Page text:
• the contract was a sham in the sense that it was not intended by the parties to give legal effect to its apparent terms or in the broader sense dealt with in Pt 3-1 Div 6 of the FW Act.

If any of the above applies there will be no legally effective time-limit on the employment (Fisher).

(b) The time-limited employment contract may be illegal or contrary to public policy (for example, it contains relevantly objectionable terms as defined in s 12 of the FW Act or has the purpose of frustrating the policy or operation of the FW Act or preventing access to the Commission’s unfair dismissal jurisdiction). Whether the employment was constituted by successive short term contracts or the use of time-limited contracts was appropriate in the relevant field of employment may be some of the considerations relevant to an examination of the employer’s purpose for entering into such contracts (D’Lima/Fisher).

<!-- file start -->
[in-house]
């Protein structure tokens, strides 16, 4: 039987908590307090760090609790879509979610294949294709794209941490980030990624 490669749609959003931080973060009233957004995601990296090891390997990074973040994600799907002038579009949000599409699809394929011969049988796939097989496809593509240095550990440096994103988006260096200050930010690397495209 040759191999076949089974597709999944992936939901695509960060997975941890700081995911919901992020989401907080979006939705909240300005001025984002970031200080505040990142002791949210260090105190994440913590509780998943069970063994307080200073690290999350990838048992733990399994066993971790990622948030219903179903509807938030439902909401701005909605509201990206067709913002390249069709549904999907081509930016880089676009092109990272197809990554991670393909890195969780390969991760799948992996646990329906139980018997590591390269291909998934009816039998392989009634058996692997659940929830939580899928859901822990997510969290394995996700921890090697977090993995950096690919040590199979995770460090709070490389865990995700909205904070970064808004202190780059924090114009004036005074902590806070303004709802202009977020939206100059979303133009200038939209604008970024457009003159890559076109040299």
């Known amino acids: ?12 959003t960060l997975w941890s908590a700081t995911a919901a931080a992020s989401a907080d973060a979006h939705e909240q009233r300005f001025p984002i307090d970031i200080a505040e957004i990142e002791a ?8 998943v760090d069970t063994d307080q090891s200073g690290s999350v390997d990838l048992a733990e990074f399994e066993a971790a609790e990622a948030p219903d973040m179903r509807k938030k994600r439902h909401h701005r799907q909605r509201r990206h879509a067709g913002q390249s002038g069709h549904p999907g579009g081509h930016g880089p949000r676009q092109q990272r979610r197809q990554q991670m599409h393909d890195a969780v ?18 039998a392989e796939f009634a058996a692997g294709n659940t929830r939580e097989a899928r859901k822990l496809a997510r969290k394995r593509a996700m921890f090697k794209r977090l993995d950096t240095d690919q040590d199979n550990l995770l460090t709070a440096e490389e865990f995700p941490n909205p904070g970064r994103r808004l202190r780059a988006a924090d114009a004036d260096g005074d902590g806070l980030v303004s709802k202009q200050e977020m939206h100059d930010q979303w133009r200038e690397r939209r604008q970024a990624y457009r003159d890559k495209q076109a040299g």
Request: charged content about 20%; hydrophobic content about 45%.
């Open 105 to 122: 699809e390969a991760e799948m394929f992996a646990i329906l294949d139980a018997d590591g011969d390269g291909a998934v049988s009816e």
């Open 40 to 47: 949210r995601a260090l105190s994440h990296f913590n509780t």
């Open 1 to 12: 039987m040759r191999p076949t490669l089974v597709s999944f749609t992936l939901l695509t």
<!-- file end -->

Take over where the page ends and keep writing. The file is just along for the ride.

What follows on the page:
(c) The contract may have been varied, replaced or abandoned by way of a separate agreement, whether in writing and/or orally, such that its ostensible time limit no longer applies (Fisher).

(d) The employment contract may not be limited to the terms of a written document and may, for example, be one of a series of standard-form contracts which operated for administrative convenience and did not represent the reality or the totality of the terms of the employment relationship (Fisher/D’Lima).